Next up was the promotional card that would be handed out at Society for Neuroscience. The goal at this point was to recruit test participants. The cards that were handed out needed to remind people what S2Hub was, and encourage them to go to a website to sign up to become a “beta tester”.
We decided one side would explain S2Hub’s benefits with three concise bullet points. The reverse side would ask the reader to sign up to try out the app as a “beta tester” and would include the URL for the signup page. Later I had the idea to use the QR code in case people wanted to sign up at the conference, so I reworked the back to include it.
I wrote lots of versions of the copy and posted them in Basecamp for the team to review, inviting them to add their own ideas. I broke the copy down into sections of similar messages or purpose. Then we discussed the merits of each line or bullet point and chose the strongest combinations.
Once we had a better idea of the structure of the card and its content, I made a few different visual designs to choose from and we chose the winner you see above.
The Signup Page
Users coming to this page would either be directed there personally when they visited S2Hub’s poster at Society for Neuroscience, or they would be coming from the URL or QR code on their promo card. I didn’t want clutter the page with extra information and risk losing the signup so I tried to keep it simple.
While the mockup has a field for the user to tell us about their current note taking method, we ultimately asked for name, email, and area of specialization.
In retrospect I might have only asked for an email address and maybe name in this form. If we really needed that extra information, I could ask the user to fill out the remaining fields later by completing a profile. I also would have included a link to a page to learn more about S2Hub for those who had the card but didn’t catch the poster presentation. A the time though, we didn’t have the developers or time to build out either of those solutions.
I designed the page in Photoshop, and implemented it with a simple HTML/CSS grid and a customized MailChimp form.
The Welcome Page
I like targeted messages and features for actual users who will a web page. When possible, I also like to take into consideration when the user is seeing the page. A person who just signed up to become a beta tester will likely need different information than the same user who’s logging in for the tenth time.
We were asking these scientists to do us a favor by trying the app and giving us feedback, and eventually participating in UX testing. We needed to keep them engaged with the project, and ideally become cheerleaders for us.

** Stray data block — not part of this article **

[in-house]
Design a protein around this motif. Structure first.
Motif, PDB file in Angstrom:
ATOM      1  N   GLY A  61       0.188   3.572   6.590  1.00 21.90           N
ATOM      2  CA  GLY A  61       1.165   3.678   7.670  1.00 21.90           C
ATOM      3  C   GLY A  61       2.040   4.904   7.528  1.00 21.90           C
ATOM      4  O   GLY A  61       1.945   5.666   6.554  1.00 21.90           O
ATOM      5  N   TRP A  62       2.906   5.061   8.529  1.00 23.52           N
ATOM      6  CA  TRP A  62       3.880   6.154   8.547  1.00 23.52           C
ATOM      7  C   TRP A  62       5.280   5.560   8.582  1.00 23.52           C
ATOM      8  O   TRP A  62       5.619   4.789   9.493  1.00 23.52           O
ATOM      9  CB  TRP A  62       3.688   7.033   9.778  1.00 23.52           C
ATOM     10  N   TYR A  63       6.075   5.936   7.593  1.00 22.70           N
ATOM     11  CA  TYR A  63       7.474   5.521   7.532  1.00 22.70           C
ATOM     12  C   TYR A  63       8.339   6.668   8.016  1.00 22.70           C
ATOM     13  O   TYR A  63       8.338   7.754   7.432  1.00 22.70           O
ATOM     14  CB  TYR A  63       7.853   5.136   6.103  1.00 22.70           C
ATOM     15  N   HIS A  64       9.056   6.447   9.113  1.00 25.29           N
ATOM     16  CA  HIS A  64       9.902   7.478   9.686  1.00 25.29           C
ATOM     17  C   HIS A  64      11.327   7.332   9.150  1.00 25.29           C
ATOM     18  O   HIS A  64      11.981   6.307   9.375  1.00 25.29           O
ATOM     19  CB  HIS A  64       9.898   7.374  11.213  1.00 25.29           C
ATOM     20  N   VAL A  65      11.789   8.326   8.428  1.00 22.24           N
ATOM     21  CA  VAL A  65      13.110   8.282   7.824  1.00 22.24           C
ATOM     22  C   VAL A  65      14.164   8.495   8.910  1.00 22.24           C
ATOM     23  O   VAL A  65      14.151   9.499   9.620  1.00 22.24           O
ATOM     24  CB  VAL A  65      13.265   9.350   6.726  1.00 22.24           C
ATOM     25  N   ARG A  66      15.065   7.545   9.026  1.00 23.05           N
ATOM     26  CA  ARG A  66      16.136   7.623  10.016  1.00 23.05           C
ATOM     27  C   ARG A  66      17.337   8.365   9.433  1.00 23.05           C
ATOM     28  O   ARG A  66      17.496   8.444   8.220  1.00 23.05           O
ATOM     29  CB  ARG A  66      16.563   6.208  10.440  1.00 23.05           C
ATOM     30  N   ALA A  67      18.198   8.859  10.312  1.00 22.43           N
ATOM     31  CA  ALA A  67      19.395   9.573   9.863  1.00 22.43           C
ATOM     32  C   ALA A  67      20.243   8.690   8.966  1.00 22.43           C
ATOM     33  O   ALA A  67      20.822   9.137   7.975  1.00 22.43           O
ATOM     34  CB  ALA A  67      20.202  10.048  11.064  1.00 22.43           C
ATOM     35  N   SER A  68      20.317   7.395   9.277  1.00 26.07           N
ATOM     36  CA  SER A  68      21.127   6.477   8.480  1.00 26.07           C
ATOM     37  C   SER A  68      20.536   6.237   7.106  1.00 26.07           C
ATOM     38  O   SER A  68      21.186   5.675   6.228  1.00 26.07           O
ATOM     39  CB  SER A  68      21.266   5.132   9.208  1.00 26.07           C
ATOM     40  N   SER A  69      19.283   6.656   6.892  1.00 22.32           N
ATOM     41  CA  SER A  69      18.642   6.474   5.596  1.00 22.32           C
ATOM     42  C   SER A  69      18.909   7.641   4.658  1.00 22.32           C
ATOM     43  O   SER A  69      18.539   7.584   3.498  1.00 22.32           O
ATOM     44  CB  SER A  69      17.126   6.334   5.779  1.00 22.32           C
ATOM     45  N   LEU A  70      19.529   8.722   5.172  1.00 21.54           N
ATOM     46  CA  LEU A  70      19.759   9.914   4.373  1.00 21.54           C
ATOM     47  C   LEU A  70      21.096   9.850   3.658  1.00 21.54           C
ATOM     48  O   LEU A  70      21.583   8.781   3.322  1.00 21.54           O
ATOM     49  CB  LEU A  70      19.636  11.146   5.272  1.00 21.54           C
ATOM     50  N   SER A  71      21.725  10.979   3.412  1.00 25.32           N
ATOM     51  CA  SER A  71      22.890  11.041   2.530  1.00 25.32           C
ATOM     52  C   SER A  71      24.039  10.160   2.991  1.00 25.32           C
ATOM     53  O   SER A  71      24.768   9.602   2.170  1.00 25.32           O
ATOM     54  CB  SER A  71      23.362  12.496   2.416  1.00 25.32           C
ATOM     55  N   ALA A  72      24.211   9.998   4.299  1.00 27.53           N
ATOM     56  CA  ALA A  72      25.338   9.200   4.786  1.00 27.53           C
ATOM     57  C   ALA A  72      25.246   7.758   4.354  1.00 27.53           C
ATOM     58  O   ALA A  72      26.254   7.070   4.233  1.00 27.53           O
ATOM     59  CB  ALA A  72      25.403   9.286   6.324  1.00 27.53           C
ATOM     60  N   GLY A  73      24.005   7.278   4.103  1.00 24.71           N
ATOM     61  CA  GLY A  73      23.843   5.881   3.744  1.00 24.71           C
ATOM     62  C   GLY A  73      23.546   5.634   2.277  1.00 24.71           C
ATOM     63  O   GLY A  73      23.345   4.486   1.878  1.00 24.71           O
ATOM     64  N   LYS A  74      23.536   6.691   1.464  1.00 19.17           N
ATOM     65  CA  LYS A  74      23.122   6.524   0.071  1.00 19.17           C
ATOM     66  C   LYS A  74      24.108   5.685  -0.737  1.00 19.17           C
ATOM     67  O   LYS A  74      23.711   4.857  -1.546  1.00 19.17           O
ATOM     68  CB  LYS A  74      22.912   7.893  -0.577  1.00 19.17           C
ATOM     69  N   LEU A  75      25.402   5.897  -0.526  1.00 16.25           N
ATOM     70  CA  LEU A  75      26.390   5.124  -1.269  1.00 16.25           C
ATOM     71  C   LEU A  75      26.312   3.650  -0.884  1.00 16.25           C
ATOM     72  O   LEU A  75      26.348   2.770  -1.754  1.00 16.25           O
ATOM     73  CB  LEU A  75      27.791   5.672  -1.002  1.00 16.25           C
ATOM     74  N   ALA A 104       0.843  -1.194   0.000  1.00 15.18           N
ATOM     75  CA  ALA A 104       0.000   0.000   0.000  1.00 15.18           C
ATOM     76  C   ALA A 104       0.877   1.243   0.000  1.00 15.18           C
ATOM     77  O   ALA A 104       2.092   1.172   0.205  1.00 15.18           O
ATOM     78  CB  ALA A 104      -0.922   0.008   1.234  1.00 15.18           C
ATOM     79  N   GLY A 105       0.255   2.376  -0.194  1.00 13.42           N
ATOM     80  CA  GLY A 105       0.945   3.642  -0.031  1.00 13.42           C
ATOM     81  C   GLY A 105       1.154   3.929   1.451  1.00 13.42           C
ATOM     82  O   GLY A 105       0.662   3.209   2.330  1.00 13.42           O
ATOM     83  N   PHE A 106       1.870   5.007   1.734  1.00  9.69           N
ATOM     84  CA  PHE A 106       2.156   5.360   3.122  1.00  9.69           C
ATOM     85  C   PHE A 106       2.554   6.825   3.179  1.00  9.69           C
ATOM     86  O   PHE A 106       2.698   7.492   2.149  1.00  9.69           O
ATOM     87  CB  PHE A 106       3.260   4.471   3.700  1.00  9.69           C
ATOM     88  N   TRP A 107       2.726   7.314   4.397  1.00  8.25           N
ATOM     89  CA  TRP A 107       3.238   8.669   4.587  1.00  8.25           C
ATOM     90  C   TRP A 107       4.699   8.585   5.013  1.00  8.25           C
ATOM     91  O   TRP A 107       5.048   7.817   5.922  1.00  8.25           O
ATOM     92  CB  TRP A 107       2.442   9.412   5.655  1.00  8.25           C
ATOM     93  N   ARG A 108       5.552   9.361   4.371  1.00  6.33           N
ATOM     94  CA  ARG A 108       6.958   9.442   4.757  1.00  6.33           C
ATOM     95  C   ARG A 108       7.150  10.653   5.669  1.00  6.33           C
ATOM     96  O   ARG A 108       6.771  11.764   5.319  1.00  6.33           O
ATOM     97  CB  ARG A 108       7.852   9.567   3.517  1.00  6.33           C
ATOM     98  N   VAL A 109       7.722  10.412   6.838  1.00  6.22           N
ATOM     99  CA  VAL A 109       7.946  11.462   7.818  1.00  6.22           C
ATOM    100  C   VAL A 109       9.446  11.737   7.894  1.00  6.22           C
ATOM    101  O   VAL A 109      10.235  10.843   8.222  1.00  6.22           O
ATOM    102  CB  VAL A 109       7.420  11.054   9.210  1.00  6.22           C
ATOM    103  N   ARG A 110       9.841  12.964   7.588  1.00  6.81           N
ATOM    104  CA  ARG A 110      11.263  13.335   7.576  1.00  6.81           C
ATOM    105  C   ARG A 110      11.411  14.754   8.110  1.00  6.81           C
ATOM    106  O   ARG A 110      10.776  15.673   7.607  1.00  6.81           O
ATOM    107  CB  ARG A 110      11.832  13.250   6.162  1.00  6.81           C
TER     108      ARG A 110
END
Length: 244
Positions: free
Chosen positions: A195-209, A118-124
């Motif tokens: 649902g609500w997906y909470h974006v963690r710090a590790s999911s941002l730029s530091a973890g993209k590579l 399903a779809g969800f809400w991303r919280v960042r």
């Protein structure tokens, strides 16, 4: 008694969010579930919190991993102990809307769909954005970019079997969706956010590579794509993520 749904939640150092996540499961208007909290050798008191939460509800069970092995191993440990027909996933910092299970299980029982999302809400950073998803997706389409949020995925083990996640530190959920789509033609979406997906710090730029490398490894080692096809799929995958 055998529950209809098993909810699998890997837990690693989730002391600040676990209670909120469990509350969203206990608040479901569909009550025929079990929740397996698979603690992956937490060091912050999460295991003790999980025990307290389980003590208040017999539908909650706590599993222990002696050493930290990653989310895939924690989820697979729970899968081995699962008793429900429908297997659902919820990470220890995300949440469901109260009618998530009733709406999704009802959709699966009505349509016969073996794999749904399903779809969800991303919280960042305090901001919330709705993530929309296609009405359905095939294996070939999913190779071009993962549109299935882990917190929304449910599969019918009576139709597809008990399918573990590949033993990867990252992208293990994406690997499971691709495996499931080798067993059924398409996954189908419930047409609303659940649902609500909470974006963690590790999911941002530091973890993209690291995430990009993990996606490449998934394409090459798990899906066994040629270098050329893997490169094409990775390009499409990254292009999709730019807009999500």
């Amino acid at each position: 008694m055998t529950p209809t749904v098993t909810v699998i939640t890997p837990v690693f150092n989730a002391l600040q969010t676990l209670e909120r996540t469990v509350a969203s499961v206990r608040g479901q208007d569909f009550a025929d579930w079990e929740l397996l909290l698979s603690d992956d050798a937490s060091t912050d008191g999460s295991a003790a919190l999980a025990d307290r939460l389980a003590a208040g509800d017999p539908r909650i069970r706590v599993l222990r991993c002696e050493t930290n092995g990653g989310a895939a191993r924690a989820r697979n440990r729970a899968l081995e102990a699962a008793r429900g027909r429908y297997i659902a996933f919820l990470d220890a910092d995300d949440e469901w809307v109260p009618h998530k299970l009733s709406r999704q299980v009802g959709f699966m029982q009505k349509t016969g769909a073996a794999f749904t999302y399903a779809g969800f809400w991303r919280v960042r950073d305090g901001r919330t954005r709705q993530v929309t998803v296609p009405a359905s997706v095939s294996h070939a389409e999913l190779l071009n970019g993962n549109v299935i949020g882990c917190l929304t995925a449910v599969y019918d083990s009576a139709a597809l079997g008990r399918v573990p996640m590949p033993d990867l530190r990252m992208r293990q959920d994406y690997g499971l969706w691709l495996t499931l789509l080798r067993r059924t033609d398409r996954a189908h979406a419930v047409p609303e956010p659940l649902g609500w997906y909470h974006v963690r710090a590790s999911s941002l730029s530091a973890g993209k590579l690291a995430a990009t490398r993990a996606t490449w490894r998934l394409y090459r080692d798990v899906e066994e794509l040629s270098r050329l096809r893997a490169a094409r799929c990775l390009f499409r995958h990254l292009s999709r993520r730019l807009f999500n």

I wanted to show new testers our faces, explain our goals in personable terms, and I wanted to let them know how important they were to our process. I hoped this would foster a personal attachment to the project and keep them engaged throughout the process.
Data Entry and a Visual Language for Representing Experimental Models
The core of the S2Hub user experience would be data entry. Scientists needed to be able to describe experiments they read about, and experiments they conducted. The data that was entered needed to be machine readable, which meant it needed to be standardized.
But, scientists don’t use a standardized language when they talk about experiments. They use prose, terms of art, and sometimes even poetical language.
I worked on some preliminary designs for a data entry UI that address these challenges. Unfortunately, because S2Hub is an ongoing project, I can’t post them here. I would love to chat about some of the thought process surrounding those ideas though. Click the Contact link at the top of the page to get in touch!
The scope of this project was (and still is) huge, particularly for a design team of one and a dev team of maybe two. I’m excited by everything I was able to produce from start to finish is such a short amount of time. But, if I had it to do again I would definitely approach this project differently.
Having a process in place and insisting on frequent contact would have prevented some problems associated with “designing in a black box”. Creating a calendar of goals and delegating responsibility could have helped manage the manic pace of design. Better documentation along the way would have made it easier to defend and discuss design ideas, and help me remember why I made certain choices.
I’m so grateful to have had this experience. I learned so much working on S2Hub, not only in terms of design but about scientific process and reasoning – things that I believe are essential to good UX design. In that way, even though this wasn’t a UX project, It absolutely helped me learn more about UX.